Is oil heading back to normality? At the start of the week, the Brent Crude barrel price was close to $50 for the first time since November, prompted by supply problems in Nigeria and Venezuela. ‘Normal’ might mean a $60–80 range — at which many oil projects around the world (including US shale) become viable again, while energy-efficient industries are not unduly shocked by cost rises. But Goldman Sachs says we’re not going there yet, $50 being the top for this year — the same Goldman that foresaw $200 oil in 2008 and $20 oil last year, neither of which happened. As ever, no one really knows: all we can say is that oversupply by uncoordinated producer nations will keep energy unusually cheap for some time yet.

Spencer’s empire

I wrote recently that the reduction of a company’s name to meaningless letters usually signals trouble. So I’m intrigued to see the money-broking giant Icap (an abbreviation of ‘Intercapital’) rechristening itself ‘Nex’, which invites confusion with the retailer Next but was the winning entry in a competition for which the prize was a case of claret. What it signifies is that Icap founder Michael Spencer has decided to move out of his traditional realm of shouting brokers — whose profits have been squeezed by low rates, subdued interbank activity and currency swings — towards the sexier but uncertain territory of ‘fintech’.

Icap’s ‘voice-broking’ arm has been transferred to rival Tullett Prebon, in which Nex will hold 20 per cent while Nex itself focuses on electronic trading and ‘post-trade services’ such as risk management for derivatives investors; it will also explore ‘blockchain’ technology, which is the money world’s new new thing. Smart move, or sign of an empire past its zenith?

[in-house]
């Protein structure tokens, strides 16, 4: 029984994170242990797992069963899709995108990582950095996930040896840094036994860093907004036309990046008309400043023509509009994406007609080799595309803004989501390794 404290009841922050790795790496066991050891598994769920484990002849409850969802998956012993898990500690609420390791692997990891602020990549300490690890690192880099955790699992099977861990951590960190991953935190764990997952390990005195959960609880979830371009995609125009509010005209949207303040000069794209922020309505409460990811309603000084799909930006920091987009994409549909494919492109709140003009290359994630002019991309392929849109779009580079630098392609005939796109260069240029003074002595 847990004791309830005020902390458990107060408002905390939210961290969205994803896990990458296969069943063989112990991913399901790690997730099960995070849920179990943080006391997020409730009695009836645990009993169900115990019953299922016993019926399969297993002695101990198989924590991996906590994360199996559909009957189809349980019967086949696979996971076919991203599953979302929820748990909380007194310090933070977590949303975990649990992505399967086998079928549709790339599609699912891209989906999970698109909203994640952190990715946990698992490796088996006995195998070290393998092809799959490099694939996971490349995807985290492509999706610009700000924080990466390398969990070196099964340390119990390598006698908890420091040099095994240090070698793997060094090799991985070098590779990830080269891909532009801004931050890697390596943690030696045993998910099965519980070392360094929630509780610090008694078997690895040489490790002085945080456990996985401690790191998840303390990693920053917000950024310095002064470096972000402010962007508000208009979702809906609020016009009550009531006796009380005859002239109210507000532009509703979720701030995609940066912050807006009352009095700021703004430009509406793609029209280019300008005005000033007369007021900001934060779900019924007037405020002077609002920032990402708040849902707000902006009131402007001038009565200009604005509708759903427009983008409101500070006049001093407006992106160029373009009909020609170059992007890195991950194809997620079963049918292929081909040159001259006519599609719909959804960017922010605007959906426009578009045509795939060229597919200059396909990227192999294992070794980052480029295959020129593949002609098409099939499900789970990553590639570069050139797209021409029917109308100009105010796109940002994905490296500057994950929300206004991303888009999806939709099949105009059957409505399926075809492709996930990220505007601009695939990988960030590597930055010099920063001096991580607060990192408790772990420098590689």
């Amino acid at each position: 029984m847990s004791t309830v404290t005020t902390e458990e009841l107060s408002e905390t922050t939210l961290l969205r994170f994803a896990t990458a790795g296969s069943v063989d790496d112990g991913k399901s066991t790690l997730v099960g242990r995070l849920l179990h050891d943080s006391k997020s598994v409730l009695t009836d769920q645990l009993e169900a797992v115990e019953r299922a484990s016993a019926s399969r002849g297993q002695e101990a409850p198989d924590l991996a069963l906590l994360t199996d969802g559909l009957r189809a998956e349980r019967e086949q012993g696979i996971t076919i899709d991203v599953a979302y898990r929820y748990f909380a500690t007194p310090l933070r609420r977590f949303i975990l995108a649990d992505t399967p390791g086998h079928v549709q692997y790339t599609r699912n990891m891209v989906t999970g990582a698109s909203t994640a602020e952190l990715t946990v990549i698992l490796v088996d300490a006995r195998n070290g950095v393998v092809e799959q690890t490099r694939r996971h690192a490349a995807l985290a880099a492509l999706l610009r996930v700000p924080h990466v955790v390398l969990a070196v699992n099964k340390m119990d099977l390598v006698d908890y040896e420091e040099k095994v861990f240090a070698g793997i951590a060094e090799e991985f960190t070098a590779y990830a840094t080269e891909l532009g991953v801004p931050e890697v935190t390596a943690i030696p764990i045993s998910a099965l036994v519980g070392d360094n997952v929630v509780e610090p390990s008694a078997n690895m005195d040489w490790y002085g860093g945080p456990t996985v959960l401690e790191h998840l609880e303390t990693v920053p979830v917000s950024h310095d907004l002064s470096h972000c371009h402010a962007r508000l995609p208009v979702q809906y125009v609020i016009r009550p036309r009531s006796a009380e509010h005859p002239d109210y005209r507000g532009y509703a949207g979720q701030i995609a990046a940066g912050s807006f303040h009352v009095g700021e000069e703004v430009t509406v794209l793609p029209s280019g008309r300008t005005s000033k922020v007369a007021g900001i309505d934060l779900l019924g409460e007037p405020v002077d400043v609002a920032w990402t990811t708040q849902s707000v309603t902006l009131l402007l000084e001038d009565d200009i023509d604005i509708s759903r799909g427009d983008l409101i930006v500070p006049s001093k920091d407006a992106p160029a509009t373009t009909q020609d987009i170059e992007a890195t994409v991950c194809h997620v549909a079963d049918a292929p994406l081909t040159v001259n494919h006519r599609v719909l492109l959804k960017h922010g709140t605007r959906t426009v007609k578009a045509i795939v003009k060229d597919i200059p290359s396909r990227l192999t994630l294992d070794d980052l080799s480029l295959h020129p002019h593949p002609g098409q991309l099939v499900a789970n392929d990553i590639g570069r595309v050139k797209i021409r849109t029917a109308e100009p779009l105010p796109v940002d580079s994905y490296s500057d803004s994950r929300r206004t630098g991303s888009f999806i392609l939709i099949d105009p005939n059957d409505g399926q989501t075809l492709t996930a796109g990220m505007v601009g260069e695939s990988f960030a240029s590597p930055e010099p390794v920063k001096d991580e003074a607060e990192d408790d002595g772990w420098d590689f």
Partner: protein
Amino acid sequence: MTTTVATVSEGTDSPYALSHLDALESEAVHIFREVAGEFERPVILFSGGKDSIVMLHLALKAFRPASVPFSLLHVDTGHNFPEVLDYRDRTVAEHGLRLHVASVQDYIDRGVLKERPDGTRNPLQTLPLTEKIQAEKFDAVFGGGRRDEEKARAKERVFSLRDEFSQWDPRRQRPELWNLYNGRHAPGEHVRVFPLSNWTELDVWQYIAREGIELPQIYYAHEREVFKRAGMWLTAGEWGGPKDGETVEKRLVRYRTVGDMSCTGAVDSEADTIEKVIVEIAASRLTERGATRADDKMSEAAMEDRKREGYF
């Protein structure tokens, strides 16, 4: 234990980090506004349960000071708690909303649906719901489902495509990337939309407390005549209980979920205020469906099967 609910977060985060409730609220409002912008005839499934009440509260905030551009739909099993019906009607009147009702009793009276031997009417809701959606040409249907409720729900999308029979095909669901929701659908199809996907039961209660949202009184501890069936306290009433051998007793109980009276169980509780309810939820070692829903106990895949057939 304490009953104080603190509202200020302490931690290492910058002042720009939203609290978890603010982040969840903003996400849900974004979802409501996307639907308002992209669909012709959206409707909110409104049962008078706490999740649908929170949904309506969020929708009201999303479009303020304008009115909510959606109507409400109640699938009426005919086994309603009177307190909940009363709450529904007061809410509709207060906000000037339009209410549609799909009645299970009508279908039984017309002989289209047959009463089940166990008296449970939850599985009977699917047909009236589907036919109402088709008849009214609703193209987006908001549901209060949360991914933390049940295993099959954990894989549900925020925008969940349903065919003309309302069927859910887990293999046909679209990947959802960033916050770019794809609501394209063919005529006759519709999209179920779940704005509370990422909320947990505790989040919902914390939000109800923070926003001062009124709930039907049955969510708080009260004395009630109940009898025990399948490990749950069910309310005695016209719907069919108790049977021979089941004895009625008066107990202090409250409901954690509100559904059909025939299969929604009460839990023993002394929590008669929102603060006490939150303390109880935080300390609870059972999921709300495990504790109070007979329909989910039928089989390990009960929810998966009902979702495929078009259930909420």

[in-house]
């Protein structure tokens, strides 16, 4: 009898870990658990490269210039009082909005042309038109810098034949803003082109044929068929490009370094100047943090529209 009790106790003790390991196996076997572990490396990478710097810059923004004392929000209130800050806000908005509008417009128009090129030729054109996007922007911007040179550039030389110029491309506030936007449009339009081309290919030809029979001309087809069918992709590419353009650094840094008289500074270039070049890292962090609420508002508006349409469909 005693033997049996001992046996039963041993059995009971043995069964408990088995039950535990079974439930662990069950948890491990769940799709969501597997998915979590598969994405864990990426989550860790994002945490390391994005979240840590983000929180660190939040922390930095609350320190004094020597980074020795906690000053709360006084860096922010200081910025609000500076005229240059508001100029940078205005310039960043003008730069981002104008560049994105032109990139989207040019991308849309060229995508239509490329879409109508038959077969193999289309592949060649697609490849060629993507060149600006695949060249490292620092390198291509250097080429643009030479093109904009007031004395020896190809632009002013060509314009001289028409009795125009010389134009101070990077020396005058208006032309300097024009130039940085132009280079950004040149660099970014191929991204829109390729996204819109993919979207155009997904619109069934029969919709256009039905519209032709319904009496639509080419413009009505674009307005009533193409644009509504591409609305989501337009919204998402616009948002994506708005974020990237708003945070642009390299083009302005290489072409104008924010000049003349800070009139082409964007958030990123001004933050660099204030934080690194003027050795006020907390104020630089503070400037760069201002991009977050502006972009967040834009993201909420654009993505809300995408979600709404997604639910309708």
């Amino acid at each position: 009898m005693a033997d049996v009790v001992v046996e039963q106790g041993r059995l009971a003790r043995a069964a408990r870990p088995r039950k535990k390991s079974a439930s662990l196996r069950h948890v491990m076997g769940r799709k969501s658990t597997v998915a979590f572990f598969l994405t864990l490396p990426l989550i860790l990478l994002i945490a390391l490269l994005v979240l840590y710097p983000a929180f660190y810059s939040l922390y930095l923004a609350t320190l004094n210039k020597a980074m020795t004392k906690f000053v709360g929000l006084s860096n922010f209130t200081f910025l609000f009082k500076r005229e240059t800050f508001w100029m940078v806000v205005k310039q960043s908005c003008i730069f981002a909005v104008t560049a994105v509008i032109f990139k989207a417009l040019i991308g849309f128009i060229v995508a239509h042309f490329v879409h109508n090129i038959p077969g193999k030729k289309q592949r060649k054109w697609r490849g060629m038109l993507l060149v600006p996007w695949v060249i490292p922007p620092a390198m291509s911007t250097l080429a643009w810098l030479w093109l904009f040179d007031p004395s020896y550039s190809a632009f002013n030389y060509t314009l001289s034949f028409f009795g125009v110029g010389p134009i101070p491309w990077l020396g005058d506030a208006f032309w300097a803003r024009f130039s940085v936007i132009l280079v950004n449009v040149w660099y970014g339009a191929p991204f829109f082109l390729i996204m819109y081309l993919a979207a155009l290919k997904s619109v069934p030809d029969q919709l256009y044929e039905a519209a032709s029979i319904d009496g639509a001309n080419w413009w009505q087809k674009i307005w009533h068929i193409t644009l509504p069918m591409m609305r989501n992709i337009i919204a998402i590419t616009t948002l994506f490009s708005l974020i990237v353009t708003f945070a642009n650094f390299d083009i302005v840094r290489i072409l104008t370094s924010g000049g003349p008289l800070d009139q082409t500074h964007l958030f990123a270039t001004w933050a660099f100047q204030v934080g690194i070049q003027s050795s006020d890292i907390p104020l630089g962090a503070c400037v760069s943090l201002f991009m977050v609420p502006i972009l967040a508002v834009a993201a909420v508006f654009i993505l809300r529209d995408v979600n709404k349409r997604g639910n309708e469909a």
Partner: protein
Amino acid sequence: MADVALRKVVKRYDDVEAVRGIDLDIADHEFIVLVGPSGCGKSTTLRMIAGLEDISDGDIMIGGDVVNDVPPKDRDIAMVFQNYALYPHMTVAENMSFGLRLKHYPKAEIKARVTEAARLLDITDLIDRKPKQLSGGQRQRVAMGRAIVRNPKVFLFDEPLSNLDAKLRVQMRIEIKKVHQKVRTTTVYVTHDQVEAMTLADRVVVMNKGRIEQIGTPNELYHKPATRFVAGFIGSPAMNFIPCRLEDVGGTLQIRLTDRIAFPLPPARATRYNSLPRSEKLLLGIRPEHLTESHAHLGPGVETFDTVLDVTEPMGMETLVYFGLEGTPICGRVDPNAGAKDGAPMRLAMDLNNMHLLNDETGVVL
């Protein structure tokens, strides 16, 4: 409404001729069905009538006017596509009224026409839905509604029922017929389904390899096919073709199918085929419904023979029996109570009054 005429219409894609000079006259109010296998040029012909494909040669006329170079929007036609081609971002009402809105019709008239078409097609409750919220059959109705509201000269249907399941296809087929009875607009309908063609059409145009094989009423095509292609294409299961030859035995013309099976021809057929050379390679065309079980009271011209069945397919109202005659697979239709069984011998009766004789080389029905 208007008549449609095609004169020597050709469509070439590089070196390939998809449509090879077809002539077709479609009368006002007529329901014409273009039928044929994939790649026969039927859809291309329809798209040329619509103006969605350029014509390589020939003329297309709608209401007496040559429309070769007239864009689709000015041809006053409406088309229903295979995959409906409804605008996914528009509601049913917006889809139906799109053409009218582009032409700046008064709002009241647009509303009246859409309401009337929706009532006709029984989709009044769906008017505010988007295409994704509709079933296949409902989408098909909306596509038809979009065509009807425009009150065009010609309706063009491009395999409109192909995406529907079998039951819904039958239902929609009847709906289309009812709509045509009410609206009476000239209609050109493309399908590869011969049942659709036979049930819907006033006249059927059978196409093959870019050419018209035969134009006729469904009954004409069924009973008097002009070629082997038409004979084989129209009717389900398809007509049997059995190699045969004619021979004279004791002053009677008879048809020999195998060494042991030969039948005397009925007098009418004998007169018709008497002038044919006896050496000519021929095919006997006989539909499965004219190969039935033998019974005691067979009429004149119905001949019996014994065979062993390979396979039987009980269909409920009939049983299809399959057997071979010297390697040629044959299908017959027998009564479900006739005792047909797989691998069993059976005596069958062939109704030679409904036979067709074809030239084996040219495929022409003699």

I put that question to a market veteran who reminded me that Spencer set up shop in 1986 with ‘six guys in Finsbury Circus’ and built the world’s biggest money broker, worth £3 billion. In an era of capital destruction in the City, who has matched him? Martin Gilbert’s Aberdeen Asset Management (founded 1983, market cap £3.5 billion, turbulent history) might be comparable, but it’s hard to think of others. ‘Would I be surprised to see Michael make a huge success in fintech?’ says my man. ‘Watch this space.’

Eighties icon

When Spencer and Gilbert started, they were probably equipped with the upwardly mobile 1980s executive’s must-have: the Filofax. Was there ever a consumer product more iconic of its pre-digital era than this loose-leaf ‘personal organiser’? The man who rescued it from obscurity (it was previously popular only with clergymen and army officers) was a publisher called David Collischon, who died last month; having bought the company for £10,000, he floated it for £17 million in 1987. Like so much else, it dived in the 1990s — but perhaps surprisingly, the brand and the product still exist today. And you might get £150 for your vintage ‘Winchester’ Filofax on eBay.

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Show comments